JPC That’s a balanced and very sensitive way of approaching it. It’s the other side of imposition where you go to photograph "a" tree, which suddenly becomes "your" tree. I don’t think Cezanne said, "You. Be my tree now." There remains, in his work, a tangible sense of Cezanne trying to illuminate his painterly dialogue to a point where he could commune with the tree and subsequently communicate more of the tree. The veil of separation between subject and viewer parts.
And yet somehow I think in that process of reaching out we are also learning to contact levels of ourselves that we’re not ordinarily in touch with. If we simply give the world and ourselves the rote responses we are used to we also rob ourselves of a fuller experience of the world and ourselves, one won’t encounter unless we reach out. It’s a curious mutualism.
MK Yes. Let’s use the analogy of a relationship. If you’re meeting a tree for the first time, as with a person, you don’t take that tree, or person, for granted. The more respect, reverence, and honor you give to what ever is in front of you, the better you will also be received. The clearer the dialogue you have, the clearer the relationship you’ll have. Later on when you have a negative, you may have very warm memories of that particular encounter. And when that negative transposes into a print and the print sits on a wall, you don’t feel like you’ve stolen something.
JPC I think there’s something extraordinary about how that quality, and we’re talking about a quality not necessarily a quantity, could possibly be transmitted by the material and continue to be contained in the material for quite a long time, sometimes long after both viewer and viewed have passed.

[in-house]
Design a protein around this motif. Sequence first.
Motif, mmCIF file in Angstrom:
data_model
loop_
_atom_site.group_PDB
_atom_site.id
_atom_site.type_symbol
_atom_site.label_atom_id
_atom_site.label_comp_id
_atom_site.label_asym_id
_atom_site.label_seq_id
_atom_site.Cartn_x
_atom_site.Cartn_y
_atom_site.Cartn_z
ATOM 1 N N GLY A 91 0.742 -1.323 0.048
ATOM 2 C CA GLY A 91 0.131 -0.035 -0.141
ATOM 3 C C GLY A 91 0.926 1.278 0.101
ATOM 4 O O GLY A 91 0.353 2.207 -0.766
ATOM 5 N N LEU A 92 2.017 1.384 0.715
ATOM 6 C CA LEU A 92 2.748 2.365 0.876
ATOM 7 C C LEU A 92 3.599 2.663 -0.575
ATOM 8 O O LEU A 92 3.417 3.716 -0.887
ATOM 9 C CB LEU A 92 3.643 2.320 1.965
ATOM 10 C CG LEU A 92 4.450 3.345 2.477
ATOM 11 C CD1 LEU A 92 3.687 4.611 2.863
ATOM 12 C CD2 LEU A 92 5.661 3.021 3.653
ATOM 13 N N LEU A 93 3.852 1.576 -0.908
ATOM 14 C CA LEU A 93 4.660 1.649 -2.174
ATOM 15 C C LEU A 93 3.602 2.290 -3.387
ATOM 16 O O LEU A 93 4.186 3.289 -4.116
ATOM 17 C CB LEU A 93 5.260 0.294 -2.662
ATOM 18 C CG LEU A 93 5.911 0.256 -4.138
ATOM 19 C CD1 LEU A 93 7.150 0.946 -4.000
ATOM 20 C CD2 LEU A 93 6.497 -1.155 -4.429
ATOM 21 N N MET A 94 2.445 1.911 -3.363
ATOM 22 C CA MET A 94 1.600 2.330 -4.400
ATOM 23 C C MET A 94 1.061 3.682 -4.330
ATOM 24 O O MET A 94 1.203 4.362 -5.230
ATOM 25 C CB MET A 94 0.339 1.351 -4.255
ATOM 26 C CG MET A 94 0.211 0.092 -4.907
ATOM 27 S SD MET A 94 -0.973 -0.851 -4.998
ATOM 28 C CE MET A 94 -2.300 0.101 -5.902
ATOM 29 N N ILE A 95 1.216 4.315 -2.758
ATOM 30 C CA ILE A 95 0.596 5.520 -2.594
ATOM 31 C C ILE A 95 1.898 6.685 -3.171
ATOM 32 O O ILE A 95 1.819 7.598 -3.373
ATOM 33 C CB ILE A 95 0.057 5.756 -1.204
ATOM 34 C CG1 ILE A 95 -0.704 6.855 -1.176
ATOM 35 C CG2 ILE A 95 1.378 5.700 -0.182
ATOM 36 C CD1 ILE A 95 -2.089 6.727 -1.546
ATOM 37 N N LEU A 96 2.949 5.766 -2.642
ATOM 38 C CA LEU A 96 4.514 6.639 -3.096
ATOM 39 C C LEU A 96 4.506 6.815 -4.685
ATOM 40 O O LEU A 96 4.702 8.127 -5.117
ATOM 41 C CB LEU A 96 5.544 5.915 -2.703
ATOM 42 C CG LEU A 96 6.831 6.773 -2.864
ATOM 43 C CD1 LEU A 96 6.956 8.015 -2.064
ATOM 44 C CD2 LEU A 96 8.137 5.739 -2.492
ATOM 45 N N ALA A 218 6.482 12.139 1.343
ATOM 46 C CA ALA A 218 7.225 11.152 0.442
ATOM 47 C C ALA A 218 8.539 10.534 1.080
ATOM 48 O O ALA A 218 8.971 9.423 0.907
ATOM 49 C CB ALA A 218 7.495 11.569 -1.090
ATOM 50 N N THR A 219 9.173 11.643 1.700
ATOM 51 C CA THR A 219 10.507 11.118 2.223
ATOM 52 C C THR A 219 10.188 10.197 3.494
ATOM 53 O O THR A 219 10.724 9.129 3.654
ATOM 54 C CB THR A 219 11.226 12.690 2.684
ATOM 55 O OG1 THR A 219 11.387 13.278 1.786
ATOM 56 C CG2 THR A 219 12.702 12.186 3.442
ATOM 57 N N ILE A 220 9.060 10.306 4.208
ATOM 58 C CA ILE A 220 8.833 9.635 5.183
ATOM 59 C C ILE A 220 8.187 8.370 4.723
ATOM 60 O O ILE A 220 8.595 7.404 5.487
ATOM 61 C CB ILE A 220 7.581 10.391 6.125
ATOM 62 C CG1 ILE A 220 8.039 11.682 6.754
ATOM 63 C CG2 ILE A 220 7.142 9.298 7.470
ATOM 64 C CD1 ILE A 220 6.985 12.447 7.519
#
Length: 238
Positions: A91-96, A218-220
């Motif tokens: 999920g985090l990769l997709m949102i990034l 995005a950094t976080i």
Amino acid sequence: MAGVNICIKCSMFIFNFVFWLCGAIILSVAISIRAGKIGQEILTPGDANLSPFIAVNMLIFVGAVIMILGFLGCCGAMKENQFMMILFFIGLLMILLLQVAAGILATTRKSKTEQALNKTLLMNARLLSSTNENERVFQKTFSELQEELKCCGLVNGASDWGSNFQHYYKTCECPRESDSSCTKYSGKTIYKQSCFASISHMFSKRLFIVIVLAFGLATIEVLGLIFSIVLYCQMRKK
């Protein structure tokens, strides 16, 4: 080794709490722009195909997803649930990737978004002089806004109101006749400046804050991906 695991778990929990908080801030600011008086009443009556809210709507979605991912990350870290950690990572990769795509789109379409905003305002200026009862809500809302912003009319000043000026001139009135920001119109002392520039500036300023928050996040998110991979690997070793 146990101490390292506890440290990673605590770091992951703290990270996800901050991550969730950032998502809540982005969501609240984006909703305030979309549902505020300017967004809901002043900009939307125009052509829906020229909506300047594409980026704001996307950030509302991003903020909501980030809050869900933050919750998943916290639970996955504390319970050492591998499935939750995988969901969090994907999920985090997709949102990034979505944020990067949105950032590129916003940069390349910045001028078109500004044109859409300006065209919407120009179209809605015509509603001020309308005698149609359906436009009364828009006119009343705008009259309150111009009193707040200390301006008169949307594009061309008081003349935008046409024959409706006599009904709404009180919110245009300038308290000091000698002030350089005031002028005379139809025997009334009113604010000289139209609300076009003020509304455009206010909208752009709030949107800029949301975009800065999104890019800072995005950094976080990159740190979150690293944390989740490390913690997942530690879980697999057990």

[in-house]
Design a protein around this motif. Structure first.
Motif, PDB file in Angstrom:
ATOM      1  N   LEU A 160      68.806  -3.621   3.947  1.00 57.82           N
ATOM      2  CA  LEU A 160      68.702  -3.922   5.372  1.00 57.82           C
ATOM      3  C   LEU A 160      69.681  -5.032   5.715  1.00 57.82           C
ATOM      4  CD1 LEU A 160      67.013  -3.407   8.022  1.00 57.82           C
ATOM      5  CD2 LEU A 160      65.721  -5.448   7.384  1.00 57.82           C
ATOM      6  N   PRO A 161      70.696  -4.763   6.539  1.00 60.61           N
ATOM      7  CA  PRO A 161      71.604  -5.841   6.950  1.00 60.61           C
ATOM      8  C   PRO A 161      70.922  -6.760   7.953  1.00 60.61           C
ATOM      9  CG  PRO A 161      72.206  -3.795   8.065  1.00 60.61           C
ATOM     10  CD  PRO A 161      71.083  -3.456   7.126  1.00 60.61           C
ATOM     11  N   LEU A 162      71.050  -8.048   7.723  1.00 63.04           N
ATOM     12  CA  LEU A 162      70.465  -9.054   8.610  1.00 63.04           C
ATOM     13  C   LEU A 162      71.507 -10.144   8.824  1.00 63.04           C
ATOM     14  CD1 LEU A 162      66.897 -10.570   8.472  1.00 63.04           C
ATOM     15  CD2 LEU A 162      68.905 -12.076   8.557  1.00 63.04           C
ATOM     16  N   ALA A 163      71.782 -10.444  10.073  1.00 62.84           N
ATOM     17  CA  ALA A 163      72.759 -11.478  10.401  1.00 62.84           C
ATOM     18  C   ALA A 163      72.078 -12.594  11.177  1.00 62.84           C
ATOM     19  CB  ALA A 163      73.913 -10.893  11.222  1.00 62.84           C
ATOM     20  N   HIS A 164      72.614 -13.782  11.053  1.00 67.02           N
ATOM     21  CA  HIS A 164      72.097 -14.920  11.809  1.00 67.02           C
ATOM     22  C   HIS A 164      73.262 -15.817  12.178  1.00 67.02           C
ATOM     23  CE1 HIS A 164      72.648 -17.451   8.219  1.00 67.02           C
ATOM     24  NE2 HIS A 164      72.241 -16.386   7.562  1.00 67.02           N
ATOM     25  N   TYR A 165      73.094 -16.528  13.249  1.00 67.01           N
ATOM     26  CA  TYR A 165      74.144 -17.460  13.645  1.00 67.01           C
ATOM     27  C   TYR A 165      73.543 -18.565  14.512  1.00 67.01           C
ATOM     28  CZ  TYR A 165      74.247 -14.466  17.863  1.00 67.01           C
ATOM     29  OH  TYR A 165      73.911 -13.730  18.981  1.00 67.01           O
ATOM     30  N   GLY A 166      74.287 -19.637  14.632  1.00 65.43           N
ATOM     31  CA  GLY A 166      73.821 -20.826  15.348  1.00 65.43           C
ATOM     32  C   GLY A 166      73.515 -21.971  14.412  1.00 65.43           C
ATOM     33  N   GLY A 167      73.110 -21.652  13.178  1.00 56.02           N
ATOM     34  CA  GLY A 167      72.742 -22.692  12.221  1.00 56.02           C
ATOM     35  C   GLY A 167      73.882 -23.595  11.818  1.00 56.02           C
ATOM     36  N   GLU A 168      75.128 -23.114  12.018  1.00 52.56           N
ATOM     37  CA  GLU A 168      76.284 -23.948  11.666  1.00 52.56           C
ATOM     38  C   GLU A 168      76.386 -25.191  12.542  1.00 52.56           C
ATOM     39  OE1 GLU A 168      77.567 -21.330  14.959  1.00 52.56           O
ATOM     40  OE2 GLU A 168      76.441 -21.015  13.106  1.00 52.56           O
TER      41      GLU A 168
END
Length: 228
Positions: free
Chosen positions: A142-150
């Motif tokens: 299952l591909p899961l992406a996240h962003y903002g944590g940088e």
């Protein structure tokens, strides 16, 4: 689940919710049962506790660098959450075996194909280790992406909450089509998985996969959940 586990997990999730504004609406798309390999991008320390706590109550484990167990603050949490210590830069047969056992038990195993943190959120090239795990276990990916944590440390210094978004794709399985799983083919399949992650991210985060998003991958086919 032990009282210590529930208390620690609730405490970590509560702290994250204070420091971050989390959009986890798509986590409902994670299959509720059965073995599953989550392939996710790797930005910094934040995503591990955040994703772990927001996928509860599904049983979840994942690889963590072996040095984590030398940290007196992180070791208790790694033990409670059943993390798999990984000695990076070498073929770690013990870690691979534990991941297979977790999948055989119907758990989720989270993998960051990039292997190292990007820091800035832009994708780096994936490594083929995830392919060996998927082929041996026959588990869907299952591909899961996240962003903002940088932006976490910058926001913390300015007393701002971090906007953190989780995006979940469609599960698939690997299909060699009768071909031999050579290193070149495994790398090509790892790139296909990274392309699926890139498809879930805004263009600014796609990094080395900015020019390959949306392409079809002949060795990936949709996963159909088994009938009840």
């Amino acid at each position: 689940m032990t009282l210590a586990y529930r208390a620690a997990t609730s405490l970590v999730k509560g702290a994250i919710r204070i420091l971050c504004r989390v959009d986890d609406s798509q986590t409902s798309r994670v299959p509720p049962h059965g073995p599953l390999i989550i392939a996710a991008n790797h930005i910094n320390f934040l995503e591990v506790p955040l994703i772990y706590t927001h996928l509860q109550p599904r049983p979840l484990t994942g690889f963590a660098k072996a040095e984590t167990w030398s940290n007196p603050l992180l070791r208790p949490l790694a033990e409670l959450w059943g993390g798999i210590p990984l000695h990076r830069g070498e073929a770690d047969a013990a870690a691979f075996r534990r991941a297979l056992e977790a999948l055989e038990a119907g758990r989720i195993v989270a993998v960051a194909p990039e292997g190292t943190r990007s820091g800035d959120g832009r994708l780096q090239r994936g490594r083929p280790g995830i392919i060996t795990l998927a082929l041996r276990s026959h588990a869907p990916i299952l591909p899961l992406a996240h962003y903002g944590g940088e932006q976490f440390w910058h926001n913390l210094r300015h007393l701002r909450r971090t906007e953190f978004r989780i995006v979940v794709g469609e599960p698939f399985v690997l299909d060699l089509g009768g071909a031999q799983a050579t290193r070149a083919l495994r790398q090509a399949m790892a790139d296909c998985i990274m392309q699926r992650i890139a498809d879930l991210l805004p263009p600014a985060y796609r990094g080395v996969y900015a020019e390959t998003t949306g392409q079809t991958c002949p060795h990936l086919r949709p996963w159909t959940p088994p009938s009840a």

MK But it does. There’s no doubt there’s, energetically, something in there. You can feel the difference.
JPC What else is on your mind at this time?
MK Perhaps future projects. After Monique’s Kindergarten I’ve finished my third project in three years. All of these projects have taken me 7 or 8 years. So there was The Rouge, Le Notre’s Gardens and Monique’s Kindergarten. Actually, all these projects continue even after books have been published. I’m still photographing at the Rouge and in the formal gardens. Hopefully I will get to visit the kindergarten again soon.
JPC I feel it’s important to follow a train of thought through, to give it enough depth and development to generate a critical mass or a momentum before moving on, otherwise the work might forever linger at the threshold of accomplishment. I wonder if you feel that these projects bring a specific focus to the process of working?